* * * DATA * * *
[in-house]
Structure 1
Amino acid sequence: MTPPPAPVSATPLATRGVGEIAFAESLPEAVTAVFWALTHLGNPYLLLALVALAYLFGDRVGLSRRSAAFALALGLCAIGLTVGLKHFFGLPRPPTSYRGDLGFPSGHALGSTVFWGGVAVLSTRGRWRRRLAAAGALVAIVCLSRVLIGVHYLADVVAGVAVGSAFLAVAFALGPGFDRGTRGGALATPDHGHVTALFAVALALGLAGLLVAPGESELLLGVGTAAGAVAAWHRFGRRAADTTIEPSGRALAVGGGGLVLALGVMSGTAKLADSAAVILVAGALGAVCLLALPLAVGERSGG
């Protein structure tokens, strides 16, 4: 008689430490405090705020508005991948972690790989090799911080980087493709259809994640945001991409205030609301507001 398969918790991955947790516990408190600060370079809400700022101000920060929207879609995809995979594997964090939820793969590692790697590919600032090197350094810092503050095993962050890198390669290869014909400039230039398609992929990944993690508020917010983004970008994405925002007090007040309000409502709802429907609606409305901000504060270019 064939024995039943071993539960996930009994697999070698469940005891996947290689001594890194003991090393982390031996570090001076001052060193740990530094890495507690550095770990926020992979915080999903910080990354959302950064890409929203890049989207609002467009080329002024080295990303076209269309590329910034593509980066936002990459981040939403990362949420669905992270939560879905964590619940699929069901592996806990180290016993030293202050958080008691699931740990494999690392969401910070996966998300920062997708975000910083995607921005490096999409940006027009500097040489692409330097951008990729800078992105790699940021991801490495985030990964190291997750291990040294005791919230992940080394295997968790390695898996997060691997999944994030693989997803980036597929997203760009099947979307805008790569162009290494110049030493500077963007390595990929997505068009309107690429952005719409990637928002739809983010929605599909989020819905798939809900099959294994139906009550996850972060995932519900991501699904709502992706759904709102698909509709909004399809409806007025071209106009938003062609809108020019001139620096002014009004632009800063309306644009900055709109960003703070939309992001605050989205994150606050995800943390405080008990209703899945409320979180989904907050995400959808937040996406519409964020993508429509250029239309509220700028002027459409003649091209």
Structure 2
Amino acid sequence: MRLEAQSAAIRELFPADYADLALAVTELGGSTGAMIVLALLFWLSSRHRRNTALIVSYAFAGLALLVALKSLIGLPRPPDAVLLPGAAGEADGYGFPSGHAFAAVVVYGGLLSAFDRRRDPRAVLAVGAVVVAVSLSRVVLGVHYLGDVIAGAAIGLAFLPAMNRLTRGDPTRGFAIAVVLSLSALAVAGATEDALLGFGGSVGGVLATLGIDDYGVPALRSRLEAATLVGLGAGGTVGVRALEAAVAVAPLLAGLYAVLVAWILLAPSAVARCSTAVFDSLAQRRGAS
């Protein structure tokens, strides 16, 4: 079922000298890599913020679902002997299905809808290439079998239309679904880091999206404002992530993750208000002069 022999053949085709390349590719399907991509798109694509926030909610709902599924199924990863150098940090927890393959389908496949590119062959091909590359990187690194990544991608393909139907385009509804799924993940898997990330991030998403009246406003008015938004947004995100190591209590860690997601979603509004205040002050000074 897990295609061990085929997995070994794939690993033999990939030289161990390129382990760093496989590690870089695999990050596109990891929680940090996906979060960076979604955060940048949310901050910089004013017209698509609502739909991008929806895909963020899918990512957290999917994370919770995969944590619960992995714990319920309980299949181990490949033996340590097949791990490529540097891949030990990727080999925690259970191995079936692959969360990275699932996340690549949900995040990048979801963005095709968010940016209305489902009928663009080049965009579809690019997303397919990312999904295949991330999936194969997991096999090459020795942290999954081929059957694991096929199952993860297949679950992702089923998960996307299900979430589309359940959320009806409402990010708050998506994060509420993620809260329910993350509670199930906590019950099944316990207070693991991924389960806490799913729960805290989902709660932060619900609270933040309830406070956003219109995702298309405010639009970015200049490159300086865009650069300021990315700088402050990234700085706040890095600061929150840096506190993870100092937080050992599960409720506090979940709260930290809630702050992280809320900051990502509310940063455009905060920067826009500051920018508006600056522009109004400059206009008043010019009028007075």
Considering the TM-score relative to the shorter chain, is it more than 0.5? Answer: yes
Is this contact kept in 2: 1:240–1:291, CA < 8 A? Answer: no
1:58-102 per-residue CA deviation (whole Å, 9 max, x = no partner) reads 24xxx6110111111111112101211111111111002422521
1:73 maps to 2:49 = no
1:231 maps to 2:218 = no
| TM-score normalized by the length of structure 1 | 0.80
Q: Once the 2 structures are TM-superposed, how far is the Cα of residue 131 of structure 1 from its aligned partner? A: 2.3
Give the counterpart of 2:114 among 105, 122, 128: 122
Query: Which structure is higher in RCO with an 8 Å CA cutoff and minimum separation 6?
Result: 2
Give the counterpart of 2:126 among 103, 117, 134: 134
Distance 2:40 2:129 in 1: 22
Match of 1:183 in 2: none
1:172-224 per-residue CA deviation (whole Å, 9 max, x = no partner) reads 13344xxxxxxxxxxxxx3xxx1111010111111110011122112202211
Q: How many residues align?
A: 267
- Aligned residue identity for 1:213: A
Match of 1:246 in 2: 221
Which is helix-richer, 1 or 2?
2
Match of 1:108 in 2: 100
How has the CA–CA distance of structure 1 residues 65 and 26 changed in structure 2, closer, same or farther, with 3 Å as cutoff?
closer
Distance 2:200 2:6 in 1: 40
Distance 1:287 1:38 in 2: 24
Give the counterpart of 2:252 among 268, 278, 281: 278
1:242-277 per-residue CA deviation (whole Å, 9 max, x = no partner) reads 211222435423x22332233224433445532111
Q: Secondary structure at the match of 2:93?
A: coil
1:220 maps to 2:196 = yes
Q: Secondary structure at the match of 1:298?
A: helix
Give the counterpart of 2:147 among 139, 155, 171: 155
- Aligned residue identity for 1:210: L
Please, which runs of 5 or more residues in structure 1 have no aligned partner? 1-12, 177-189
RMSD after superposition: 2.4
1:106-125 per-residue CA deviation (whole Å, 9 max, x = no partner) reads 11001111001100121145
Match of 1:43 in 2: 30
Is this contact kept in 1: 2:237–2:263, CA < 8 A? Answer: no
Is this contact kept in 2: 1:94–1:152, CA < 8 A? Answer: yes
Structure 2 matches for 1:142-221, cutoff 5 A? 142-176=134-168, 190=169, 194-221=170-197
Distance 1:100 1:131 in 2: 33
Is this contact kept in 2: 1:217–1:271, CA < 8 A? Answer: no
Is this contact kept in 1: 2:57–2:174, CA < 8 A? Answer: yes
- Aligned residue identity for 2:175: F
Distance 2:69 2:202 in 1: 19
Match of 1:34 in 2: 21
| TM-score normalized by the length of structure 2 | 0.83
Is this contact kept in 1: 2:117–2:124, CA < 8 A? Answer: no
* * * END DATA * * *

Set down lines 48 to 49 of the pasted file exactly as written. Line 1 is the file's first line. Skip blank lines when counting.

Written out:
Structure 2 matches for 1:142-221, cutoff 5 A? 142-176=134-168, 190=169, 194-221=170-197
Distance 1:100 1:131 in 2: 33